Wednesday, November 30, 2011

RECORD REVIEWS - November 2011

The Loom - "Teeth"

It is of little surprise to me that one of my favorite bands comes to mind when I listen to the Loom. Like Woven Hand, the weaving theme is right there in the band's name. In both cases, the complex powerful music weaves in many intriguing elements to create a highly personal accessible brand of folk-rock music. In the Loom's case, they feature a fascinating series of sounds from brass, winds and banjo in addition to the rhythm section, guitar and keyboards. The vocal work is excellent with most leads from a male voice, but female harmonies and occasional leads only add to the quality. This mixture of urban, pastoral, Americana, and psyche-folk is reminiscent of some of my favorite Toronto bands such as Do Make Say Think. In all cases, the comparisons are more of spiritual tone and ultimate feeling as opposed to the specific sound.

This is powerful, exciting music when quiet or loud, grounded or psychedelic. There is no reason this band should not move up in the indie world with the far lesser bands that are there (along with the many deserved acts like Decemberists, Iron & Wine, Low Anthem, etc.). So get on board with this band now while they now begin the touring and album releases that will hopefully make them a household name.

Songs to try:

The Middle Distance - This song creates an urban psychedlia with its moving drums and wailing French Horn, along with the quick vocal work.

The First Freeze - Delicate folk song with longing brass. It does not sound like it is from the US, England, but has a more universal tone.

For the Hooves that Gallop, and the Heels that March - The title alone is worth a mention, but the song develops a quiet approach that allows for some strong psychedelic guitar moves to make their mark.

The Spinto Band - "Biba! One Island, 879 votes" soundtrack
From nearby WIlmington, Delaware, the Spinto Band comes to DC to the 9:30 Club this Thursday, December 1st. In addition to their whimsical pop music, they have released a soundtrack album for a documentary film. I will be reviewing the live show which will be my first exposure to this intriguing band, but for now here is what they did for the film "Biba!"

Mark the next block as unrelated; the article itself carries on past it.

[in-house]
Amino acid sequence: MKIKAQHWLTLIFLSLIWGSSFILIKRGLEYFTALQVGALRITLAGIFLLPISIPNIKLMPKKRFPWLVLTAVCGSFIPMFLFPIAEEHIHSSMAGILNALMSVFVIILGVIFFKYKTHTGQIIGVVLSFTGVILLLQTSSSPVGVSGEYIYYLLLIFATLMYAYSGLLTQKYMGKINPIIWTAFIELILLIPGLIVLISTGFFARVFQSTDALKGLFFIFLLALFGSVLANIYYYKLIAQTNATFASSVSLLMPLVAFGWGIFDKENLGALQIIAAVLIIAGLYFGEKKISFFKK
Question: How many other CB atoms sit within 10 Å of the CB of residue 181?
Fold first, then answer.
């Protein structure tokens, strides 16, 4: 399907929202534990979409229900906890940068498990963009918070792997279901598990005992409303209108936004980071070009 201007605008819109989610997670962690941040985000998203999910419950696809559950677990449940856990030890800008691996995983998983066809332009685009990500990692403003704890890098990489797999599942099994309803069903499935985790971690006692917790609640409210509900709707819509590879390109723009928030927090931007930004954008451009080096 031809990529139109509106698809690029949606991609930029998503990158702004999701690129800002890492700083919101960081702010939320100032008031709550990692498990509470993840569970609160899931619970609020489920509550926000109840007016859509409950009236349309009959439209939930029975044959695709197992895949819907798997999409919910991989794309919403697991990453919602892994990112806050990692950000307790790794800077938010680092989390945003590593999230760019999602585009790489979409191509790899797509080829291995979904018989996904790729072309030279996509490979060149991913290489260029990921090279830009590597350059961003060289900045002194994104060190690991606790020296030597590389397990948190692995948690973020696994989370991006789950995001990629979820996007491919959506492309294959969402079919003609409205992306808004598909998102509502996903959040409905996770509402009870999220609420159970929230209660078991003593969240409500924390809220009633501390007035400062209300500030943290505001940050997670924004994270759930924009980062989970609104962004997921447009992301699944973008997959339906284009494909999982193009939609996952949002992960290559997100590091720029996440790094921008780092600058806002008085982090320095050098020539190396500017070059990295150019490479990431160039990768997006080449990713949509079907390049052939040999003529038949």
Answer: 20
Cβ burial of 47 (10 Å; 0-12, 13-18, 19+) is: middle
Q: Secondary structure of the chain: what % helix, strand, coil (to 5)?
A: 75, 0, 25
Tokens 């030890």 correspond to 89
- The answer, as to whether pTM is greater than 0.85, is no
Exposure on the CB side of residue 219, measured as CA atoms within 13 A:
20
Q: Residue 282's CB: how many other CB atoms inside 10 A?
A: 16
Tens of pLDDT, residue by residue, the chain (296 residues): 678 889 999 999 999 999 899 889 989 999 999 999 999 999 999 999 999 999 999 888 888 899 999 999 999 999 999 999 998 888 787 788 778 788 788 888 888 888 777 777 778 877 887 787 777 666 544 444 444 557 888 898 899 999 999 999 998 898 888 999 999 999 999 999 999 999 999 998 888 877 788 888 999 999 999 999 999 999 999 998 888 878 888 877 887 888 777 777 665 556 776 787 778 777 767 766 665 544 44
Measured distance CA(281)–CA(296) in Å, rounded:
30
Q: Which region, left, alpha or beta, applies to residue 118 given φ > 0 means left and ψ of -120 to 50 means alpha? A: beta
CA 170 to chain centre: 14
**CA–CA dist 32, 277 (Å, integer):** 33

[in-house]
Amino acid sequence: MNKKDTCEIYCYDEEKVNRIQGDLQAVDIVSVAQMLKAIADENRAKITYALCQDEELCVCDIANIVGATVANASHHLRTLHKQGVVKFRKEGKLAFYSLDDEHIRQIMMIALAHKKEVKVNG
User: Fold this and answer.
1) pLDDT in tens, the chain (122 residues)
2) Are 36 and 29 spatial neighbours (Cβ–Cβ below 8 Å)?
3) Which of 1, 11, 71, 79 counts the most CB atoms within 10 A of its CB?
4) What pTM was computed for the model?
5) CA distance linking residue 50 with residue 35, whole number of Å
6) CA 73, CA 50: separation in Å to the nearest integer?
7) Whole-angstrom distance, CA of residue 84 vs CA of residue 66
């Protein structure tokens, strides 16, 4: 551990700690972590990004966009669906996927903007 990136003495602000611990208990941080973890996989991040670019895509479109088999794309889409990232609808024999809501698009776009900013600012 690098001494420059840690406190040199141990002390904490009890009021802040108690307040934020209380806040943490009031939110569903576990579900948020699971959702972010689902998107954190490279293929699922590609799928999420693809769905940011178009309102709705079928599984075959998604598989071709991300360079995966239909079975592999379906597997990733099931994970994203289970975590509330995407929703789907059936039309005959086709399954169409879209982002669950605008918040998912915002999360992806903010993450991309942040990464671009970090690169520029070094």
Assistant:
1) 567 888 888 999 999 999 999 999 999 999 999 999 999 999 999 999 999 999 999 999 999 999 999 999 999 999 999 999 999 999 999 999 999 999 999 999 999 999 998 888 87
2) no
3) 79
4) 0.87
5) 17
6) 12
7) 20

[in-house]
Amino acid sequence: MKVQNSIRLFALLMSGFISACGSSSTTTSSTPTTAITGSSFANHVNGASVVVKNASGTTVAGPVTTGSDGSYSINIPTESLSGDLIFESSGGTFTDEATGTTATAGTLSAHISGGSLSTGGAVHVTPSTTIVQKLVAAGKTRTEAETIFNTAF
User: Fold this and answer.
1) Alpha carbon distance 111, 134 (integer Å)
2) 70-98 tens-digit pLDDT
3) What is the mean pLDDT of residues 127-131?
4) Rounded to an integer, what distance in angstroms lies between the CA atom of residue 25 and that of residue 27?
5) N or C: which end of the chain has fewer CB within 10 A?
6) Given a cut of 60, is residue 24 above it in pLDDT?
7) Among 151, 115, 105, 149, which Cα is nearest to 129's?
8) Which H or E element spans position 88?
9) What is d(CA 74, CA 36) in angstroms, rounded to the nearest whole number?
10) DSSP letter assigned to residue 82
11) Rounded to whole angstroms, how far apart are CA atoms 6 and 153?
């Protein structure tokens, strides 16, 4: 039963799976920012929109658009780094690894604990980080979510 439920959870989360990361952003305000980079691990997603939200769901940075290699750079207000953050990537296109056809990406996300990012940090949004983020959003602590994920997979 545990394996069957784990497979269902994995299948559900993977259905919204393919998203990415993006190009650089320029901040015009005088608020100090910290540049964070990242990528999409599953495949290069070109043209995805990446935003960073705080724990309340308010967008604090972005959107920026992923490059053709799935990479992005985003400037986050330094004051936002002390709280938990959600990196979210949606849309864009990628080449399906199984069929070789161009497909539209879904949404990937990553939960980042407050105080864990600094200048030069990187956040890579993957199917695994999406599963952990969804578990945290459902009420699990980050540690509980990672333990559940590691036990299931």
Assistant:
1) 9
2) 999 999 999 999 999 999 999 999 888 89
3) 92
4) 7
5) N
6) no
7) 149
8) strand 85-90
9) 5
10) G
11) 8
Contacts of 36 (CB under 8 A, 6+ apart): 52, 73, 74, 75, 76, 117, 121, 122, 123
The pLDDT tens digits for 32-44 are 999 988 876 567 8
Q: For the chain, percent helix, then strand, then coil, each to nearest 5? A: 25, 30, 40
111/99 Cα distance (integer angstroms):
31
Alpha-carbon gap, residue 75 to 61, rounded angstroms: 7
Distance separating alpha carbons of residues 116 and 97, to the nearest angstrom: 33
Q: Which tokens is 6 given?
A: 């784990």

This soundtrack album indeed sounds just like a soundtrack album. It is instrumental with shorter mood pieces. As every aspiring soundtrack writer should aspire to, they do pull in the Ennio Morricone spirit whenever they can. "The Bandit" and "the Sheriff" are perfect examples of songs that would fit into The Once Upon a Time in the West sequel. Even the titles should have your brain turning on your favorite Morricone. But there are other styles that mix simple pop moves with a flowing rhythm that sound like they would work marvelously in a film. The "Battle Hymn of the Republic" finish shows how a simply plucked guitar can carry a nice tune while mysterious background music can push one into a dreamy environment. This all sounds quite different from the few songs I have heard from the band and it showcases both their skills and love of the soundtrack style which they have adapted to successfully. Honestly, I was not sure I would listen to this much more, but the quality of it begs for future listens, as well as the desire to pull out more of my soundtrack music.

The Fed - "Birth of the Pipesnakes" ep
If you have the longing for the classic big blues-rock sound that many bands employed from 1968 to 1972, then give these four songs a listen. I have enjoyed this local trio live and was interested to hear the studio work. They have that thick fuzzy rural base, but there is some really nice flowing guitar work. "'83" features some really clean guitar solos that stand out amidst the lovely murky vibe working. The vocal work has a classic feel and comes off as an asset and not just a tack-on, which often happens in this style of music. "Lifecycle (of an American rock and roll band)" has a snappy fun feeling to it. At their worst, these guys play solid blues rock. At their best, they add some nice psyche touches and skillful playing that transcend this classic rock music form into something fresh and invigorating.

The Jet Age - "Domestic Disturbance"

Good grind it out rock is again the musical theme here. Like the Fed ep above, this is music for real straight-on rock fans. However, this power trio delivers it in a more of a timeless manner. The blues and hard rock bands of old are within the roots of this music, but a more modern indie rock is also present. The balance is just right for those of us that have lived through both eras or those that don't care a lick for history, but simply love to rock out. The guitar solos are some of the best I have heard off any record I have heard recently featuring bands not named Opeth or Mastodon. This is a twelve song album, so there are bound to be some lesserer songs. And at times the vocal melody lines do not quite do justice to the instrumental parts. Lyrically, they have linked the songs into a theme of sorts, which is something that I tend to give bonus points for. This is a fine record and it sounds like it would be a real kick live. You can judge for yourself when they have their release party at Comet Ping Pong on December 9th.

Songs to try:

I am an Agent - Good opener contains all the successful elements the band can deliver in a real head swaying, foot tapping tune. Egad, there's even a brief drum solo!